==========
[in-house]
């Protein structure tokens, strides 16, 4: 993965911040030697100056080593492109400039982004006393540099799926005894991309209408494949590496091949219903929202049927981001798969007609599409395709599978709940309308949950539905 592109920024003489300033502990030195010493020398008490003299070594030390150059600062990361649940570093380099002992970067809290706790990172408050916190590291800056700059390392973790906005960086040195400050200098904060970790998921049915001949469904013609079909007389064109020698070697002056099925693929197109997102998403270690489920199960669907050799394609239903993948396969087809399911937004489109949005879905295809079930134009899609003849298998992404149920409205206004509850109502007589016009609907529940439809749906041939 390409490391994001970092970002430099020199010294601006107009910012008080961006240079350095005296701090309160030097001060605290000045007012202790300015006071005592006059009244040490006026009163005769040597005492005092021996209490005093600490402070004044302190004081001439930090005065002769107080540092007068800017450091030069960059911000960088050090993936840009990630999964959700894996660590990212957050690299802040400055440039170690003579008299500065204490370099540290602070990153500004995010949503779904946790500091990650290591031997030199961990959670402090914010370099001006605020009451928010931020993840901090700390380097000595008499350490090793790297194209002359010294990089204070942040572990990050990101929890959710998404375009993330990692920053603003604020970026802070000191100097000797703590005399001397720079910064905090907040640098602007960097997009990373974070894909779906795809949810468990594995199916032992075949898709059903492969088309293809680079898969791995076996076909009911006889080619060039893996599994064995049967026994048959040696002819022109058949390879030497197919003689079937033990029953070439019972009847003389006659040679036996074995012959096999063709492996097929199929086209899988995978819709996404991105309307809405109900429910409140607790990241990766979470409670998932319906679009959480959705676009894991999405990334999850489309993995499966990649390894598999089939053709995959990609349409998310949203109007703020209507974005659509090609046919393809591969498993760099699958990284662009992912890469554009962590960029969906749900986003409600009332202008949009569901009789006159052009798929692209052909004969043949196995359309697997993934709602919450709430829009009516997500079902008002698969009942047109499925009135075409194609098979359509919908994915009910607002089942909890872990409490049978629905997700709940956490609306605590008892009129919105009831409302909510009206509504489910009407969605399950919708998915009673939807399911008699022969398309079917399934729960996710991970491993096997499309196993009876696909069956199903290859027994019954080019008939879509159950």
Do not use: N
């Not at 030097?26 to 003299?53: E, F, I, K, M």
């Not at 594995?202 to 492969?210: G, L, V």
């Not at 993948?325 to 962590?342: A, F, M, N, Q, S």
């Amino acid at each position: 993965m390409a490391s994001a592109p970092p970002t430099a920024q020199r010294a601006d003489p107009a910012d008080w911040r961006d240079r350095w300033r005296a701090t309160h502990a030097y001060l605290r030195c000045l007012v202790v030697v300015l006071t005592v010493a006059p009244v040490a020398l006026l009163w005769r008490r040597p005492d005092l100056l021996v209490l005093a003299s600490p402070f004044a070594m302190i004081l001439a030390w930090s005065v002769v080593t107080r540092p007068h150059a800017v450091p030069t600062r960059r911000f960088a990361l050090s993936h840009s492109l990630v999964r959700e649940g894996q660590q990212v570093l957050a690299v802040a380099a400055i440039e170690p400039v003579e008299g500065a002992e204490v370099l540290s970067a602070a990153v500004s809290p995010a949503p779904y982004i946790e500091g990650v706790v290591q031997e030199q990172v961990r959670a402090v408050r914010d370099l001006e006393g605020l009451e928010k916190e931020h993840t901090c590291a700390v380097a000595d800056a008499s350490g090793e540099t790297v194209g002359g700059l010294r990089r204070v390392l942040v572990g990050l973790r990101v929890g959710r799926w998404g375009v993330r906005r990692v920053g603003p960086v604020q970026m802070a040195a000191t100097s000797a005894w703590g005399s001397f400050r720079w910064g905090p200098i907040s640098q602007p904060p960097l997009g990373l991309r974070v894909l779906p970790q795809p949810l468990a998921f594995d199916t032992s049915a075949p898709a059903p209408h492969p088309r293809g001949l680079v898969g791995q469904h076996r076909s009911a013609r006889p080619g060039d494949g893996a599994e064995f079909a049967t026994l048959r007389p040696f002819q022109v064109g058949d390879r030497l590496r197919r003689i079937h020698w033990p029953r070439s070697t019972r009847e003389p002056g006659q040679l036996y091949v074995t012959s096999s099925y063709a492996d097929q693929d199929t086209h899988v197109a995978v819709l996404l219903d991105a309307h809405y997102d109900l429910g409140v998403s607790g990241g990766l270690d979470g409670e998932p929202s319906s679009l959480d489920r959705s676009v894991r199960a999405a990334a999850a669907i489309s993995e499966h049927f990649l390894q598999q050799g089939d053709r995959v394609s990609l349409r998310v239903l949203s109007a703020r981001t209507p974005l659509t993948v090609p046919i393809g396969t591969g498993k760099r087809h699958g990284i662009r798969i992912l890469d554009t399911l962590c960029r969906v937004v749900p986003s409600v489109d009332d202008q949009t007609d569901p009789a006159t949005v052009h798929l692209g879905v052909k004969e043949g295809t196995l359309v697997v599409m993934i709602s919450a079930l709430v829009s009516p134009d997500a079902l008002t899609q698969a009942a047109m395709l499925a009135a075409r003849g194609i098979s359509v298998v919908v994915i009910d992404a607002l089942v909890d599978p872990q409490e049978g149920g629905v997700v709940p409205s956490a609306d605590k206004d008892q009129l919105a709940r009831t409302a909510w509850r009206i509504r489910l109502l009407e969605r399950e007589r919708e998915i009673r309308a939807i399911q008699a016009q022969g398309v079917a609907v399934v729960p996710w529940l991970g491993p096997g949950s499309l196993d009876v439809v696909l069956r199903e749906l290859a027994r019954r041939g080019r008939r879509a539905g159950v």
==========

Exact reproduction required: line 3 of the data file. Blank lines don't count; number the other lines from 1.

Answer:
Do not use: N